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So you are a musician that would like to give back to your community in some way, but you have not become quite as successful as being able to give $3 million like Madonna.  Yet, that does not mean that you cannot be a philanthropist.  You can give your most valuable asset – your voice.

Charities often hold special events to attract new donors and/or show appreciation for current donors and volunteers.  Often the budgets for these events are very small with little or no allocation for performers.  These charitable events provide a perfect opportunity for you as a new artist to showcase your talents, hone your performance skills, and begin to generate some buzz about you.  Take advantage of these opportunities by offering to perform at the event without monetary compensation.  You will still want and need to be compensated, but you will not likely receive cash.

Confused??  The non-profit does not likely have the funds to pay you your typical booking fee.  They may have a few hundred dollars to pay your sound equipment fees, but even that may be a stretch.  However, what they do have is an ardent base of supporters with discretionary funds, which is exactly the target audience – people that love your music and will pay for it by buying concert tickets or downloading music- that you seek.  In lieu of cash payments, ask the nonprofit if they can do all of the following to highlight your contribution:

  • Promote your performance in all promotional materials advertising the event including newspaper ads, radio promos, invitations, event programs, etc.  (This creates buzz for your brand by exposing more people to you.)
  • Ask the event’s emcee to formally introduce you to the crowd and invite them to fill out performance feedback cards (Emcees at the event are generally local TV personalities, so this is an opportunity to make an acquaintance that could help you perform on local TV.)
  • Distribute performance feedback cards that solicit comments asking how the audience felt about your performance, what could be improved, what was excellent, and requests basic information from them such as name, email address, phone, etc. (This provides you with valuable information about how to improve your performance and also provides you with names and contact information for your fan base/mailing list.)
  • Ask if you can sell CD’s or merchandise at the event (This might be a tricky one with non-profits, who want their attendees to spend their money on the charity, but if you have the comment cards, you can and should follow up with guests after the event.)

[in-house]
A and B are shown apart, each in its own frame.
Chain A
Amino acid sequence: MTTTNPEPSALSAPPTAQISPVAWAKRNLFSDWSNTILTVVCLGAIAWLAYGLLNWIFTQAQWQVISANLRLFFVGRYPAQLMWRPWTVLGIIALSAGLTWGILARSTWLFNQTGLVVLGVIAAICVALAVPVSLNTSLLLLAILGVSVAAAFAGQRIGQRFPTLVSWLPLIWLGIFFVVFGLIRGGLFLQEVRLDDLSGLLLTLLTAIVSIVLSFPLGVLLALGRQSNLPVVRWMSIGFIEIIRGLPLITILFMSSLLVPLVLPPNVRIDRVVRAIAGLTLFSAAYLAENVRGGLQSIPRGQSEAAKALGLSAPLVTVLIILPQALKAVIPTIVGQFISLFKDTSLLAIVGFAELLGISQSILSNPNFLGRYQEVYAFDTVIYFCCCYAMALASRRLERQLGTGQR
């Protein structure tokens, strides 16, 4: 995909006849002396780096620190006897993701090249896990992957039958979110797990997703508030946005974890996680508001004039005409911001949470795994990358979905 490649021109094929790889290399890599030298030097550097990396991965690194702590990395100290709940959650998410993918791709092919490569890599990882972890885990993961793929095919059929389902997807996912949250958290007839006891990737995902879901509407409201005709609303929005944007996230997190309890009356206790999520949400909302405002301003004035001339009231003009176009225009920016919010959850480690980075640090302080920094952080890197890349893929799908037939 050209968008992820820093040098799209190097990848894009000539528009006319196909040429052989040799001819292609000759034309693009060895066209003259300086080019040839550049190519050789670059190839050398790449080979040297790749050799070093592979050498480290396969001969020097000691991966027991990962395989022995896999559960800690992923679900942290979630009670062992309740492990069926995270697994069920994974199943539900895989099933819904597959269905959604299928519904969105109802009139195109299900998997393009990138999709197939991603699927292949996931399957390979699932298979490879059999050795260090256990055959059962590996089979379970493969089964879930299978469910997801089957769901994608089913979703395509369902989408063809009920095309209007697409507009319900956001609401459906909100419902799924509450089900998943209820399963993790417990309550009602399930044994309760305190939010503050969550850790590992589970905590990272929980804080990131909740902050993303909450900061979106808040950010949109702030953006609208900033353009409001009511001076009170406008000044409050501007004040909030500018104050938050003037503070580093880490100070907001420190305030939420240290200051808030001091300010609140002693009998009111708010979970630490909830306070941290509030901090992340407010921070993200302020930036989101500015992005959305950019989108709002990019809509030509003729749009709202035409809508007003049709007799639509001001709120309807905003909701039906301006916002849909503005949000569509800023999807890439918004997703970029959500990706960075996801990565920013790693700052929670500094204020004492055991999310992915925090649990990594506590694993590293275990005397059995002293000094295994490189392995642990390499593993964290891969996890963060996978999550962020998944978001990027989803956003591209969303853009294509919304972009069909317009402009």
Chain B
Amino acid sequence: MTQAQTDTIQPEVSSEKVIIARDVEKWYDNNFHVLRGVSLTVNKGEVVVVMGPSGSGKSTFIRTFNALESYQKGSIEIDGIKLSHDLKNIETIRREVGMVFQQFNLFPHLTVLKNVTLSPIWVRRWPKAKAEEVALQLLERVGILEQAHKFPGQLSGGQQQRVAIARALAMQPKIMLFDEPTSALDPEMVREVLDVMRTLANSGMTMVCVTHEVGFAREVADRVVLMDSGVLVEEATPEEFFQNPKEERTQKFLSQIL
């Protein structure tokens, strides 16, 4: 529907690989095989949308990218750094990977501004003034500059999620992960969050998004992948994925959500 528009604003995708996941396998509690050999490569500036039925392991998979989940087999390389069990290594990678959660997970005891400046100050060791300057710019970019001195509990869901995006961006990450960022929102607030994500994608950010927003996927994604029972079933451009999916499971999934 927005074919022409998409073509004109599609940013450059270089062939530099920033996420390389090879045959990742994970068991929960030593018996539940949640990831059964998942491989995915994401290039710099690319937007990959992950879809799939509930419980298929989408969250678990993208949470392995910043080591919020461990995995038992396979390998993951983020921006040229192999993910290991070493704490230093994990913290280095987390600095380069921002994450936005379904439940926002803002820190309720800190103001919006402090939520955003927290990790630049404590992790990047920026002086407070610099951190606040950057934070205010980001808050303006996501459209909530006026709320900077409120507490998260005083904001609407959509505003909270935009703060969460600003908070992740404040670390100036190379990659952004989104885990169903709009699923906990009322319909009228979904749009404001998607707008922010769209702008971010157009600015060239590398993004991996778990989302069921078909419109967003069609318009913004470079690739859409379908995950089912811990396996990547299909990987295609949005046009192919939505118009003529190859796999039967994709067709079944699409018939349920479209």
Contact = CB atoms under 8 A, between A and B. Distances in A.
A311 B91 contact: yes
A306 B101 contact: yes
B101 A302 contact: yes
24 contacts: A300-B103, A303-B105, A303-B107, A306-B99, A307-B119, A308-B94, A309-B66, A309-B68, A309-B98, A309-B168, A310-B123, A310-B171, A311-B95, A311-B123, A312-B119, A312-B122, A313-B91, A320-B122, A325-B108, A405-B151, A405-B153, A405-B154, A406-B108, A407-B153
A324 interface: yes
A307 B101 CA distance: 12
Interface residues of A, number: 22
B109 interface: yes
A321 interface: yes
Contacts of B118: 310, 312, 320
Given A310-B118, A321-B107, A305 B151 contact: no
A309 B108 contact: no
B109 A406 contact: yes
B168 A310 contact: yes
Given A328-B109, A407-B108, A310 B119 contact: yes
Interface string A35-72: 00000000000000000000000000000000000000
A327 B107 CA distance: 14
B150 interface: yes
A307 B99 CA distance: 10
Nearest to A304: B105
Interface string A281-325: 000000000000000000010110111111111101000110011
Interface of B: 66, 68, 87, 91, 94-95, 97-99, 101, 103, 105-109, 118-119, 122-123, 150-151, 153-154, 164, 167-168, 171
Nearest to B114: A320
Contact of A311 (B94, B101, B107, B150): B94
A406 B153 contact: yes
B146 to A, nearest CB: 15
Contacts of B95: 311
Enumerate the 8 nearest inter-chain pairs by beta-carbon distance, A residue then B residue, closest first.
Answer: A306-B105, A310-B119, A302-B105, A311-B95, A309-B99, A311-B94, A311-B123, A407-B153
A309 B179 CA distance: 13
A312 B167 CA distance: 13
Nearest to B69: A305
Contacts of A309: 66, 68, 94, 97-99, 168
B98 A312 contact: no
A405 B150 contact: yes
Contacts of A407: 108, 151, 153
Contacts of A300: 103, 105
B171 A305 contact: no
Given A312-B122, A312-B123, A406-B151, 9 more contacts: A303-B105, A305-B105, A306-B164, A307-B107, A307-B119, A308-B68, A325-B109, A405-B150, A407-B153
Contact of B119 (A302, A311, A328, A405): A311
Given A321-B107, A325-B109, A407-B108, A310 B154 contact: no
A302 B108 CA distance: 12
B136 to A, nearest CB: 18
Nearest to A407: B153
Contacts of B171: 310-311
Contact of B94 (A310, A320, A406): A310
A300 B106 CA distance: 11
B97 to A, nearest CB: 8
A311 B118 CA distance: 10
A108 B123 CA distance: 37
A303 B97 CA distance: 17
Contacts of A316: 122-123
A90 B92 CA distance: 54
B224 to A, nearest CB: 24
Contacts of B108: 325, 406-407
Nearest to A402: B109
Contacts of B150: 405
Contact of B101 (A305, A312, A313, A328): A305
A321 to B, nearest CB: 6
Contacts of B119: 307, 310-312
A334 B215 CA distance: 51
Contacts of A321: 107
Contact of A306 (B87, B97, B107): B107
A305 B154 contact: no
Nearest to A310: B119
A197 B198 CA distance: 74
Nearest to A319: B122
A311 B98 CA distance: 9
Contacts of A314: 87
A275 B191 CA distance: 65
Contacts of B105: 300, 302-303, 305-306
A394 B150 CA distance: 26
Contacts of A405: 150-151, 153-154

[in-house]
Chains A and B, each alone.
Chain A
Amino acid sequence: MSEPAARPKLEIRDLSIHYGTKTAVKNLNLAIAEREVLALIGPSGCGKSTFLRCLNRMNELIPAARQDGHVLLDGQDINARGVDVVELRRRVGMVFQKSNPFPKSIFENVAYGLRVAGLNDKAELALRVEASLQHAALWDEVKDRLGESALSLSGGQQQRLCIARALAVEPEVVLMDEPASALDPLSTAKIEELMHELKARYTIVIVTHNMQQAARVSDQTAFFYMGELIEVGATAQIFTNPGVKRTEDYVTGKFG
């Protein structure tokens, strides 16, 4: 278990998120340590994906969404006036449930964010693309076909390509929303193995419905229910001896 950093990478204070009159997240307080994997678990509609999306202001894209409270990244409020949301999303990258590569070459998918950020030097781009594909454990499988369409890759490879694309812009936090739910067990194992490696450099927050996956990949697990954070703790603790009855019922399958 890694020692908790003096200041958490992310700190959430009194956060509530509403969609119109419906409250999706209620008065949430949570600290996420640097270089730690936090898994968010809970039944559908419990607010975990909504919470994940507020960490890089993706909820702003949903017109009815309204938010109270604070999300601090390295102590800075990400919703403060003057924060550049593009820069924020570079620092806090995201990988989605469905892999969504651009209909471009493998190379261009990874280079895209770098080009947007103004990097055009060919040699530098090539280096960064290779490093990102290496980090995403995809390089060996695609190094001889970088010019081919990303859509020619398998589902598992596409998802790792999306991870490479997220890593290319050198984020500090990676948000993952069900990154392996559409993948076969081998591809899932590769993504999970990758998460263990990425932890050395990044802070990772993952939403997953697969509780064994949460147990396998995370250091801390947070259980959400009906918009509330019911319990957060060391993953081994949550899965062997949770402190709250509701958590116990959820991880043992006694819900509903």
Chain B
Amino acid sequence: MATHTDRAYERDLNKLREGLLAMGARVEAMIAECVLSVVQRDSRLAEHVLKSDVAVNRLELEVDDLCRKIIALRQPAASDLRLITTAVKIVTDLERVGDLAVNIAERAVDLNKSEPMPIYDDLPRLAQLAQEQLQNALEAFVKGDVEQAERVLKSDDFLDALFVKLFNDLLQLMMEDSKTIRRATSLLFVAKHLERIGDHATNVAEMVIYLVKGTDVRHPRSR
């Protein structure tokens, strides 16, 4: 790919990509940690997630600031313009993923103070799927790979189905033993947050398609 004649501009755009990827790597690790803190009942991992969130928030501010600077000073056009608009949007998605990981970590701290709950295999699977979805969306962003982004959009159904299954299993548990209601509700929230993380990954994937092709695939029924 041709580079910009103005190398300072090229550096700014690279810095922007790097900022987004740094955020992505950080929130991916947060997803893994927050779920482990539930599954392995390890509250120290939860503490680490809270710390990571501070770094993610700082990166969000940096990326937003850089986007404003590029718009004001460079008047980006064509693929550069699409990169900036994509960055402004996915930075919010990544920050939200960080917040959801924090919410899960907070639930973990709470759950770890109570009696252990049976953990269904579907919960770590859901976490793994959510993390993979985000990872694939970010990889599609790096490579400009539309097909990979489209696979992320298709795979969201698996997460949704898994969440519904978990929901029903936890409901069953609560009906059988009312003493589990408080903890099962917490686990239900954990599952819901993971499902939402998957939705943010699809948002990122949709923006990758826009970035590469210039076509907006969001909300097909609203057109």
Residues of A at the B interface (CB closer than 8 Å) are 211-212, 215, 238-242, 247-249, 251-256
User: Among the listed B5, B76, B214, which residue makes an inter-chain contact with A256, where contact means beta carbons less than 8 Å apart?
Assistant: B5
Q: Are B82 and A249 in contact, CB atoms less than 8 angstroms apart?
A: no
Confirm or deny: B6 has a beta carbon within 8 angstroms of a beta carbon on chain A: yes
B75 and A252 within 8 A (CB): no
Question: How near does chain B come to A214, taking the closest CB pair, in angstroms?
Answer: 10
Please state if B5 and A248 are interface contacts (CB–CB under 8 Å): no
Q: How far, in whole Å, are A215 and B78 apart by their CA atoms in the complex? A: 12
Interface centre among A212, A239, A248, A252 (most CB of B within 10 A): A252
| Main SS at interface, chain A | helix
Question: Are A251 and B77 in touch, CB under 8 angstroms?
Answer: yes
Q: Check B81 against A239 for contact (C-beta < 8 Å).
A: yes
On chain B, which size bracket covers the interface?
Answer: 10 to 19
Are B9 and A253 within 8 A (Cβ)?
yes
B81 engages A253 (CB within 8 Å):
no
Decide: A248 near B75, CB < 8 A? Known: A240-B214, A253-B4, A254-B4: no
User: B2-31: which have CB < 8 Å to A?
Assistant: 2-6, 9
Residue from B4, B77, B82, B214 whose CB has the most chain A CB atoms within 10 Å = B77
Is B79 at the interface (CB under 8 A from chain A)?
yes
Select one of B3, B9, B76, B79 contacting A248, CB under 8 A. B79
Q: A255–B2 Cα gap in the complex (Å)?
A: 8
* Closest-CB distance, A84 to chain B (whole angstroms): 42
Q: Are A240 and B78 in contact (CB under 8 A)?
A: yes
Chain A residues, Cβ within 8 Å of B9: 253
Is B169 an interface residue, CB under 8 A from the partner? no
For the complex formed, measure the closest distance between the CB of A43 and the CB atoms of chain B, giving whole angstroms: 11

• Provide you with a donation receipt indicating that you donated your services for the evening (If the value of your services exceeds $250, then the organization is required by law to provide you with a donation receipt.  You value your contribution (at a fair market value which means what you would typically charge and receive) and can deduct that amount from your taxes for the year.)
  • Request acknowledgement for your donation on thank you announcements that the organization does on print ads and their website (Consumers feel better about brands that give back.  This warm, fuzzy feeling can extend to your band as well, if those consumers know that you donated services.)

By sharing your voice at these events, you can improve your performance skills and gain fans for your mailing list, which is the first step in becoming a musical philanthropist like Madonna or Bono.  Once you have been performing at a few benefits, word will spread that you are the “go to” act for entertainment.  At this point, you can begin to request a fee or begin to be more selective in your choice of events.

Catherine (Katie) Chapman, CFRE is a philanthropic consultant at Fullanthropy.  Fullanthropy works with entertainers and charities to create partnerships to generate awareness and revenue that benefit both the entertainer and the charity.  For more information about how Fullanthropy can work with you, please contact Katie at

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